Close your eyes and imagine giant archways above you, glowing orange in the sun, a shallow river lazily snaking its way through. This river carved out the landscapes here. At first glance, you’d think a river with mighty, rushing rapids was responsible — but you find this lazy waterway just coasting along, promising adventure to anyone.
Now picture this incredible landscape all to yourself. Another occasional hiker may pass by every now and then, a silent hello exchanged and you both stare in awe at the wonders of the natural world.
That’s what you’ll find at Utah’s Grand Staircase, also known as Escalante National Monument. It’s a sedimentary rock formation sequence that massively stretches nearly two million acres — to Zion National Park in one direction and the Grand Canyon in the other. If you fancy yourself a bit of an outdoor enthusiast, this is your dream space.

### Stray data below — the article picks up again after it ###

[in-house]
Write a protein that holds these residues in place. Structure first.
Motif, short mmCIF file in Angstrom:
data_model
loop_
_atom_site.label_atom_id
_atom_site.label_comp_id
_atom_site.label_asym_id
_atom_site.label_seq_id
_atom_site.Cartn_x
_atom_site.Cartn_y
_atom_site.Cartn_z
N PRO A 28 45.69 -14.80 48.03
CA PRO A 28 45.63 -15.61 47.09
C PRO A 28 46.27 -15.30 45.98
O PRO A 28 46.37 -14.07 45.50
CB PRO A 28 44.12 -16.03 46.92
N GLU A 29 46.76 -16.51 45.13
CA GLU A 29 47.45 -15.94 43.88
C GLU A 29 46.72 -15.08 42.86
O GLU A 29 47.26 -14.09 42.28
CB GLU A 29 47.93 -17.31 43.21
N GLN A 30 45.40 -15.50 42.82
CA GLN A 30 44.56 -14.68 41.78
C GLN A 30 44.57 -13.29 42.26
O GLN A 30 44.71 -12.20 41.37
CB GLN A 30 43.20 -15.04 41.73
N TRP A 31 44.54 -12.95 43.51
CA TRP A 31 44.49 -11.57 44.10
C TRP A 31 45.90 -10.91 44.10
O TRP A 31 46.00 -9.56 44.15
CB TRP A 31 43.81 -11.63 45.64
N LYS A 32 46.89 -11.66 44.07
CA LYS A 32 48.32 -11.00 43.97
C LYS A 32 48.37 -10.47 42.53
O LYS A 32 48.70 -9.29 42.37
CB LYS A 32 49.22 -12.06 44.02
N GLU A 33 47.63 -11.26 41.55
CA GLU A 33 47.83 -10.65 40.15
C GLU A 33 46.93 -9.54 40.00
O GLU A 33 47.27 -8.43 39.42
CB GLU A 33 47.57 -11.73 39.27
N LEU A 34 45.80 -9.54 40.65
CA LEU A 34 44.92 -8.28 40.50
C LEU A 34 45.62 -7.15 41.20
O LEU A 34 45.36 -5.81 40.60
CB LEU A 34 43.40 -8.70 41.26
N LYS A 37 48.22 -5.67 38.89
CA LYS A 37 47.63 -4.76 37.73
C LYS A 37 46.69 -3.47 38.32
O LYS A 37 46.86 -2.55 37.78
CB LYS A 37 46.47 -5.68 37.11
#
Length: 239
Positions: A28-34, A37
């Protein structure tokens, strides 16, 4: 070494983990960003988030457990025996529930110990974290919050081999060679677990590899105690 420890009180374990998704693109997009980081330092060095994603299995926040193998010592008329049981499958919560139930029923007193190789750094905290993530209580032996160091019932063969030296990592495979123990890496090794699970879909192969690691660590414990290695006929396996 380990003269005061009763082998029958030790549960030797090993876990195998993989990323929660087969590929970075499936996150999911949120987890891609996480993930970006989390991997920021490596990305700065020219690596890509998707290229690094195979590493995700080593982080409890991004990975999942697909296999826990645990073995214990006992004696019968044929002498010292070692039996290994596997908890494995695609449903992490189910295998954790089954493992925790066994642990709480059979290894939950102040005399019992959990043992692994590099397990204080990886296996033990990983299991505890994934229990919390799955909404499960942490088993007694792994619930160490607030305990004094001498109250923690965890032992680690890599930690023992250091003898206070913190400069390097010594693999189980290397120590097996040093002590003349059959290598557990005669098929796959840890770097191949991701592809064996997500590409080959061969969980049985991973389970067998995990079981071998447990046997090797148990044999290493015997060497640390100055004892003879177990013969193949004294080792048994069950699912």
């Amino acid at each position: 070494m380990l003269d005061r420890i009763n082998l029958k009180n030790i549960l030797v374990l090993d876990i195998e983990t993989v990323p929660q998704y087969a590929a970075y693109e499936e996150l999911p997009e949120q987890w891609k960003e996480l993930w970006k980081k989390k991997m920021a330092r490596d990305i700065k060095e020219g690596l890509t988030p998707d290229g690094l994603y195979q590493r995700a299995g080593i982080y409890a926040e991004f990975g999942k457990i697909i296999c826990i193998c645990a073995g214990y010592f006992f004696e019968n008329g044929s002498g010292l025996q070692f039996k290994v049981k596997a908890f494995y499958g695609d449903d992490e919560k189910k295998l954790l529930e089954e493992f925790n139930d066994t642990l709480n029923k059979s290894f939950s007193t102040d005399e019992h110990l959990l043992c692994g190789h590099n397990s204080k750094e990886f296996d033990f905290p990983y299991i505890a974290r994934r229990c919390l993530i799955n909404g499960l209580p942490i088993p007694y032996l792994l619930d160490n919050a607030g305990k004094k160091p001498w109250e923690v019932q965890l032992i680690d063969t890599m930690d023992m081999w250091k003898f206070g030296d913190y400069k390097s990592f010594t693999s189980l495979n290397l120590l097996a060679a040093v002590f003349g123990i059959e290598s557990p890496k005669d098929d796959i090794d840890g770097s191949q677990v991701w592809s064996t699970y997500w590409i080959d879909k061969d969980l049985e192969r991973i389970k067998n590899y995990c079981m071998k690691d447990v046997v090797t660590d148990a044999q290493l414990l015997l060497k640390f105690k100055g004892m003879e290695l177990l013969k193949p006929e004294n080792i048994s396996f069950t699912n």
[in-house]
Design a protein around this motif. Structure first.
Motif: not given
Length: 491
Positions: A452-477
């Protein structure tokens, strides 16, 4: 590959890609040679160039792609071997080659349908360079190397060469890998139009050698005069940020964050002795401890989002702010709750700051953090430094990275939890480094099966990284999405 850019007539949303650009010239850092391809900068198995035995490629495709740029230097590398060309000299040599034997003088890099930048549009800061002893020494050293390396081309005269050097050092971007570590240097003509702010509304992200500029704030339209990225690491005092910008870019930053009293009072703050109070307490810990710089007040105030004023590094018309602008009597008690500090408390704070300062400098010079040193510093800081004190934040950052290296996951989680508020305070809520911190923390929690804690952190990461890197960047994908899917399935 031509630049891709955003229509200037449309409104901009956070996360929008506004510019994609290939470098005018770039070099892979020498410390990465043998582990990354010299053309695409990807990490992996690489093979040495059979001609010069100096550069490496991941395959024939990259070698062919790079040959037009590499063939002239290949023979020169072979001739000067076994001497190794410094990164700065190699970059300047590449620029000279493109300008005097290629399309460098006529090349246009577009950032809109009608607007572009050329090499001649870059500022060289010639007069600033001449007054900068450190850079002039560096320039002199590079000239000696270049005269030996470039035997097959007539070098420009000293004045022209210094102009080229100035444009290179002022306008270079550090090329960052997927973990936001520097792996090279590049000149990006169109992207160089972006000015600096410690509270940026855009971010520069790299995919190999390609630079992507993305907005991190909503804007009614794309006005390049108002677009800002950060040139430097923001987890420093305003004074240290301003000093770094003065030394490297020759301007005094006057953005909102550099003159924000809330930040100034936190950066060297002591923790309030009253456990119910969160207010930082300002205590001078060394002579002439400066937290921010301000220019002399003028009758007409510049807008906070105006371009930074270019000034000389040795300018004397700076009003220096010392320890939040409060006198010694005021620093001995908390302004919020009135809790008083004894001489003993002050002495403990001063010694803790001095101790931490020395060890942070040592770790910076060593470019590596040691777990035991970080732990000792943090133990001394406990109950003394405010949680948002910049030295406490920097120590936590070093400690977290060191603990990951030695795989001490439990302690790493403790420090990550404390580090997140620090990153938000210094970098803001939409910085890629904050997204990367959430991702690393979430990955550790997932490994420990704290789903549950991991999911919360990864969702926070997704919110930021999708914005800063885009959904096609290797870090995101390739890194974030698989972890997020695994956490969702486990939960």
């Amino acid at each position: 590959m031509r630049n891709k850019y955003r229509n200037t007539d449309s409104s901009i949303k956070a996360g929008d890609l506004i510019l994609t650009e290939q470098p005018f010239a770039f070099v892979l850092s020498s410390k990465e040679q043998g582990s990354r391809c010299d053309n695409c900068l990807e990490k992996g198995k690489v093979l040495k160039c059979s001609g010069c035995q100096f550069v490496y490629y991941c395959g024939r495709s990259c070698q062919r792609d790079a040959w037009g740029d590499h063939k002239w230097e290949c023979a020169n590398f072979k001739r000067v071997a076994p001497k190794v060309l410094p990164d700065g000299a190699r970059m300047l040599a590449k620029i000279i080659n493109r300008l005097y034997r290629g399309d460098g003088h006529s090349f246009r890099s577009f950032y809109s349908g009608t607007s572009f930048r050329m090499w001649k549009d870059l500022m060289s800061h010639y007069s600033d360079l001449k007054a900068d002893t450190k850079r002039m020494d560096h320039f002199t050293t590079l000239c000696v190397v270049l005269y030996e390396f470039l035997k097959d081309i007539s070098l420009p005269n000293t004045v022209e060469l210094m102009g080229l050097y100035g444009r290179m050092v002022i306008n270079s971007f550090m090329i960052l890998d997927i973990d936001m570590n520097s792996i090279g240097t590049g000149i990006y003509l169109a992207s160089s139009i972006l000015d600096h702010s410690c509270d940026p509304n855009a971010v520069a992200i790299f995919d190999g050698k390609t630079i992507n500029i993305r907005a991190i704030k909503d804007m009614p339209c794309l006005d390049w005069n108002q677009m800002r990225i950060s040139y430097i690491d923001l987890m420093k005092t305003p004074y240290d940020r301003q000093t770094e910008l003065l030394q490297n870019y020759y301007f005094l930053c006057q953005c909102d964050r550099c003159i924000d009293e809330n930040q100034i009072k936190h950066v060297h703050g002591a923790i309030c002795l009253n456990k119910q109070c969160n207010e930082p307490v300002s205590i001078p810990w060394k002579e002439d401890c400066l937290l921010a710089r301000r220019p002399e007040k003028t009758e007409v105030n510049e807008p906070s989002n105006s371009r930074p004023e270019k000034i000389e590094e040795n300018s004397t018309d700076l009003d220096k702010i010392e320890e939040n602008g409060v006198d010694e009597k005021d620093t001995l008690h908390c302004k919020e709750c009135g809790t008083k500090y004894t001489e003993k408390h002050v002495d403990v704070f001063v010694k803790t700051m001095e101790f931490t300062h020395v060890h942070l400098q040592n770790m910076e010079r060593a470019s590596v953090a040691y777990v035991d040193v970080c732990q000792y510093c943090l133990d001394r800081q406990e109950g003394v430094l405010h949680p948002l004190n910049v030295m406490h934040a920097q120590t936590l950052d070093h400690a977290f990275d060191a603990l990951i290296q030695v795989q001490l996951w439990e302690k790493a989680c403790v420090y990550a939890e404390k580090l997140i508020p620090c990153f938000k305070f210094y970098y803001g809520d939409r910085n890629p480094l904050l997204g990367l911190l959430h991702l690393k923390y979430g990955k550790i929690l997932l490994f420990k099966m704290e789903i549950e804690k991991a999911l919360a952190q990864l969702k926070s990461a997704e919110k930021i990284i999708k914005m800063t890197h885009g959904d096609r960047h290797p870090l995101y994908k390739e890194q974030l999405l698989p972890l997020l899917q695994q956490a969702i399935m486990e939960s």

Hike the trails, rock climb, or explore through the boulders, open roads that require 4x4s to scale, and the pristine air of wide-open adventure. There’s nowhere you can’t go here, and you can even camp out. While Merriam-Webster defines rugged, you’ll actually experience it — there are no paved roads or hordes of tourists you find at other national parks. There also aren’t the amenities you’ll find in those parks, either. Here, it’s wide-open, rugged, and private. But this is part of the monument’s beauty — the freedom of enjoyment and self-reliance.
You’ll find in an area this large that, yes, there are numerous hiking trails. It might be tough to set your heart on just one! A great recommendation for first-timers is the Grand Staircase’s Coyote Gulch. You’ll be able to reach this trail easiest from Escalante, a town just up the road off scenic Highway 12 (this is the same road that goes to Zion, Bryce, and Arches National Park).
This grand staircase leads to something better than a ballroom and is something everyone should see at least once.